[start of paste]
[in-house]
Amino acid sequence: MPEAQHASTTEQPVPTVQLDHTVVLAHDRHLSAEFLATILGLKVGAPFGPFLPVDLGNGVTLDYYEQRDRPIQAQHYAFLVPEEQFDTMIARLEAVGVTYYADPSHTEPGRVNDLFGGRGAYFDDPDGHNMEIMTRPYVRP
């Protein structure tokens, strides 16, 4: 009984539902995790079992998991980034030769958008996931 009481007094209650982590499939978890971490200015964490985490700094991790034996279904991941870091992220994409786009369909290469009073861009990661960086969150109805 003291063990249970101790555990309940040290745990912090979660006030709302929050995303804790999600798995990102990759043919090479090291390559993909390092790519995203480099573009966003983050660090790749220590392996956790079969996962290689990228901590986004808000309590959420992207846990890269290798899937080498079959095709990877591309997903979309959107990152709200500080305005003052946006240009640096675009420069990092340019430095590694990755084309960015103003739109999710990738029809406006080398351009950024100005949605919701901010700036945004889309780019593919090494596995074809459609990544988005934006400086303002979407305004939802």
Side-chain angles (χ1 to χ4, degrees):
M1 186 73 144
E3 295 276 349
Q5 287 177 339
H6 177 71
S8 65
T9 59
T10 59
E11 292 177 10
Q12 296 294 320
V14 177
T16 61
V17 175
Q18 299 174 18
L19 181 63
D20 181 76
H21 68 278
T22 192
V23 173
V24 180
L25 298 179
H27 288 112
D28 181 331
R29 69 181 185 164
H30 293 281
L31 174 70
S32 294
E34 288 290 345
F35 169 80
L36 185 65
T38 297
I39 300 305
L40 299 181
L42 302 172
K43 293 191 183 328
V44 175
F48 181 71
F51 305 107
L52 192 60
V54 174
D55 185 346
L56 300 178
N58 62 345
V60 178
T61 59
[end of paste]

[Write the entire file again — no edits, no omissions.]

[in-house]
Amino acid sequence: MPEAQHASTTEQPVPTVQLDHTVVLAHDRHLSAEFLATILGLKVGAPFGPFLPVDLGNGVTLDYYEQRDRPIQAQHYAFLVPEEQFDTMIARLEAVGVTYYADPSHTEPGRVNDLFGGRGAYFDDPDGHNMEIMTRPYVRP
């Protein structure tokens, strides 16, 4: 009984539902995790079992998991980034030769958008996931 009481007094209650982590499939978890971490200015964490985490700094991790034996279904991941870091992220994409786009369909290469009073861009990661960086969150109805 003291063990249970101790555990309940040290745990912090979660006030709302929050995303804790999600798995990102990759043919090479090291390559993909390092790519995203480099573009966003983050660090790749220590392996956790079969996962290689990228901590986004808000309590959420992207846990890269290798899937080498079959095709990877591309997903979309959107990152709200500080305005003052946006240009640096675009420069990092340019430095590694990755084309960015103003739109999710990738029809406006080398351009950024100005949605919701901010700036945004889309780019593919090494596995074809459609990544988005934006400086303002979407305004939802």
Side-chain angles (χ1 to χ4, degrees):
M1 186 73 144
E3 295 276 349
Q5 287 177 339
H6 177 71
S8 65
T9 59
T10 59
E11 292 177 10
Q12 296 294 320
V14 177
T16 61
V17 175
Q18 299 174 18
L19 181 63
D20 181 76
H21 68 278
T22 192
V23 173
V24 180
L25 298 179
H27 288 112
D28 181 331
R29 69 181 185 164
H30 293 281
L31 174 70
S32 294
E34 288 290 345
F35 169 80
L36 185 65
T38 297
I39 300 305
L40 299 181
L42 302 172
K43 293 191 183 328
V44 175
F48 181 71
F51 305 107
L52 192 60
V54 174
D55 185 346
L56 300 178
N58 62 345
V60 178
T61 59